I've spent some of the COVID-19 quarantine alone-time sketching out the initial design. The schematic in the files section represents the beginning of the transmitter. The receiver is mostly the same except for the power supply section. That will wind up having a simple LDO power supply from some sort of AC input along with SSRs for outputs instead of buttons.
The design includes a boost converter to turn a pair of AA batterie into a constant 3.3v power supply. The design at present calls for the boost converter to run constantly and hopefully with a low enough load the batteries will last long enough to not be a nuisance. If that doesn't work out, then we'd have to come up with some other scheme for backup power to the RTC chip and a MOSFET system to turn the power supply on and off when the button(s) are pushed. Hopefully it won't come to that.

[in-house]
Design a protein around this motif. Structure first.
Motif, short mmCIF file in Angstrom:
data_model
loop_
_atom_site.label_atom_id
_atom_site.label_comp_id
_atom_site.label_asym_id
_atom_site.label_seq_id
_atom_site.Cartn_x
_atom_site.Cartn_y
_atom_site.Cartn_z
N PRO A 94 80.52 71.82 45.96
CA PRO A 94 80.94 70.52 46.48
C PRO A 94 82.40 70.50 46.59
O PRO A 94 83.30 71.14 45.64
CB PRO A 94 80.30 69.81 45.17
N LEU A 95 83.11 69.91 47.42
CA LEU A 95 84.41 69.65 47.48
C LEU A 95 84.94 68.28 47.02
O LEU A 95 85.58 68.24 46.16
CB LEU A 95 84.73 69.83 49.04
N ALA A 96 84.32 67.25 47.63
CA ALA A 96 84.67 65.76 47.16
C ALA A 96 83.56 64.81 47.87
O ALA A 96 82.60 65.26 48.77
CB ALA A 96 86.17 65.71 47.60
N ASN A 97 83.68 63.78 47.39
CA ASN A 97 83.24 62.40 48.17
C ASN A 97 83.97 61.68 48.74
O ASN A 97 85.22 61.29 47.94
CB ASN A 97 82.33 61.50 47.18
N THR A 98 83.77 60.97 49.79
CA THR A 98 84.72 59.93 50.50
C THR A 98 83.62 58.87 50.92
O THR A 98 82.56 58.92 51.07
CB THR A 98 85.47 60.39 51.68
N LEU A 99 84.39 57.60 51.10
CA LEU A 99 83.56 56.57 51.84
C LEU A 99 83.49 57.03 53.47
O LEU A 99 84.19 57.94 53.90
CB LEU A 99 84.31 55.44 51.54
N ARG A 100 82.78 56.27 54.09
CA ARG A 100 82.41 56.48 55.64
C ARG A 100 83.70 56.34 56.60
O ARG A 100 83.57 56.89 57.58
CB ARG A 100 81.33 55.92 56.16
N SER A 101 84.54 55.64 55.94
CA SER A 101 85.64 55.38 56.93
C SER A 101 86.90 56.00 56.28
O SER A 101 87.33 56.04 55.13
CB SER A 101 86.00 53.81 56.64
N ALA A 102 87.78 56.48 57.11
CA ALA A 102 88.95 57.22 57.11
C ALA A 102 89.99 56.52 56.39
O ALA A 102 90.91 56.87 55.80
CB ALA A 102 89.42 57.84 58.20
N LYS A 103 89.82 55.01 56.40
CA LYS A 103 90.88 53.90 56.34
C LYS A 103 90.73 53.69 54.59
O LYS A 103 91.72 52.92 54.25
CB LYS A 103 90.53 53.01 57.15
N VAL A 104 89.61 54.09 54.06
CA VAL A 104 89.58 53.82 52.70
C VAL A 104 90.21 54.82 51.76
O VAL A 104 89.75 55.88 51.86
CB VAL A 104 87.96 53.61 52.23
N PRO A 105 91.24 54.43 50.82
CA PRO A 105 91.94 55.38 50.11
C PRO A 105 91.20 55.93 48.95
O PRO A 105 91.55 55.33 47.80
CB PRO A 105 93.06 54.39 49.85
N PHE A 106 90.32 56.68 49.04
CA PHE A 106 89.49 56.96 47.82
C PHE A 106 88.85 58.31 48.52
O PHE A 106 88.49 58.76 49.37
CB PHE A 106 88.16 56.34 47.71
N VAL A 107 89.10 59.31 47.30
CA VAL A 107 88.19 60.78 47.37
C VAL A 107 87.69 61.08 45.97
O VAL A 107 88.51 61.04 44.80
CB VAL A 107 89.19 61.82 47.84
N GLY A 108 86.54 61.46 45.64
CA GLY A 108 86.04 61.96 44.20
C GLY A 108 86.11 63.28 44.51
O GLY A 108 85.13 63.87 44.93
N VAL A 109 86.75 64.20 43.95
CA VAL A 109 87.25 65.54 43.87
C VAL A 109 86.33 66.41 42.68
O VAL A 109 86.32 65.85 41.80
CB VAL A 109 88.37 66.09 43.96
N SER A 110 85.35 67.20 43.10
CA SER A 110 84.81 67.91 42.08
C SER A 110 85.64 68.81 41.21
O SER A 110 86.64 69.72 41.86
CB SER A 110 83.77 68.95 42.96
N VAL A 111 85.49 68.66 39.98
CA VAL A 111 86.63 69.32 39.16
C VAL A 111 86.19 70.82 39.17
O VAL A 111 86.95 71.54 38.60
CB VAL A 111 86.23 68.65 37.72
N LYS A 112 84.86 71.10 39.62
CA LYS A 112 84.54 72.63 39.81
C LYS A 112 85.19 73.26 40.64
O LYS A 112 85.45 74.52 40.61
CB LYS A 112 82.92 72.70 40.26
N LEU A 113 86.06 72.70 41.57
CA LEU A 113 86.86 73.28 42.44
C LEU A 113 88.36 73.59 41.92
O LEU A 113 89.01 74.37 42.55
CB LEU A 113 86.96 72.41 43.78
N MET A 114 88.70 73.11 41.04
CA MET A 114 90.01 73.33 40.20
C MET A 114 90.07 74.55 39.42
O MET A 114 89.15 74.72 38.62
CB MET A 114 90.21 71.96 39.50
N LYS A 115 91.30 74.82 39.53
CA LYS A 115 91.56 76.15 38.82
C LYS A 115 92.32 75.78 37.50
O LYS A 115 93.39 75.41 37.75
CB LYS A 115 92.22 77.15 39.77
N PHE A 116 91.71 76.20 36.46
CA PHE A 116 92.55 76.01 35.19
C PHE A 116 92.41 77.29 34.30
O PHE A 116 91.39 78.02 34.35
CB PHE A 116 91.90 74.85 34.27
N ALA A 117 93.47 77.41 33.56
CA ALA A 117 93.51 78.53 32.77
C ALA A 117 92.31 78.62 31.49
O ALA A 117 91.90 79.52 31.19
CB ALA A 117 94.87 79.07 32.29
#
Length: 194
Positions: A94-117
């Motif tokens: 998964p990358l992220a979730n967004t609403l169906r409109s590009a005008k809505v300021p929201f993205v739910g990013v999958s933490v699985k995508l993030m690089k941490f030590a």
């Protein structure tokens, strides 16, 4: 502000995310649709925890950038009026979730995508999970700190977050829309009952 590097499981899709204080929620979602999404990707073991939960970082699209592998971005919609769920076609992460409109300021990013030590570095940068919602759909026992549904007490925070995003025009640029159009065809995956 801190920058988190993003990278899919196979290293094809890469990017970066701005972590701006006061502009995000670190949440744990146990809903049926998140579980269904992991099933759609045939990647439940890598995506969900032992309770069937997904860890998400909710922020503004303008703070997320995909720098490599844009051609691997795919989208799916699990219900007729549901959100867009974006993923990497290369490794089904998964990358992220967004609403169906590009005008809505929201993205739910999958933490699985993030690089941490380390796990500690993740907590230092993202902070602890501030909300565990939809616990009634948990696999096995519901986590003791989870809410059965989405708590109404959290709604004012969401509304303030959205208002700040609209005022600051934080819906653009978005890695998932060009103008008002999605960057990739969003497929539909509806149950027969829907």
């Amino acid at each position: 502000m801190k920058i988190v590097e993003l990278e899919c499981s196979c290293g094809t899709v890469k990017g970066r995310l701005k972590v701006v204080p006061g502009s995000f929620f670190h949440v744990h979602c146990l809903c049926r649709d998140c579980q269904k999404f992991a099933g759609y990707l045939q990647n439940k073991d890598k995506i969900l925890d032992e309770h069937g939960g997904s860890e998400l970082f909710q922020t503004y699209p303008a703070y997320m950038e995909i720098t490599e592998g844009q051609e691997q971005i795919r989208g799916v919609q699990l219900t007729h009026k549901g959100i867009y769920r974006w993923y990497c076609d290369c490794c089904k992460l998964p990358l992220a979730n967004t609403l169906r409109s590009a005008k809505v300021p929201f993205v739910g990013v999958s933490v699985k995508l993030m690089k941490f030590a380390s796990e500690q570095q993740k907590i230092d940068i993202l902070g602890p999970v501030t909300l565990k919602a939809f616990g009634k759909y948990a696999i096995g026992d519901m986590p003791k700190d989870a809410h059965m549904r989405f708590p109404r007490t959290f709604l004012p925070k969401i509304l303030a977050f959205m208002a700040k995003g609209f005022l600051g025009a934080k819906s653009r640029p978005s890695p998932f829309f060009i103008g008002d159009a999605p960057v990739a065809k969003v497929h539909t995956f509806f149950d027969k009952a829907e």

The RTC chip has a supercap for backup power, and the chip can be internally configured to trickle-charge the cap. This is only necessary to carry over the time counter whenever the batteries are changed.
The schematic has connections for up to 4 buttons. The message to the receiver will include an 8 bit "message" field that can be used for future expansion. A secp256r1 public key is 2 32 byte numbers and an ECDSA signature is 96 bytes long. The time counter is 4 bytes long and the message byte is 1. That is a full packet size of 165 bytes, or 1320 bits (a 1 or 2 byte CRC might be appended just to cut down on the amount of verification work the receiver needs to do. A CRC check is a lot easier than an ECDSA signature test). At 10 kbps, that's just over 1/8 of a second or so, which ought to be just fine. A single button push would be a second or two, and would accommodate easily a half dozen retransmissions, of which you'd hope at least one would go through.
The downside so far is that the DS1374C is kind of expensive - about $5 each. The other chips are pretty inexpensive by comparison, though we haven't even begun to talk about the radio yet.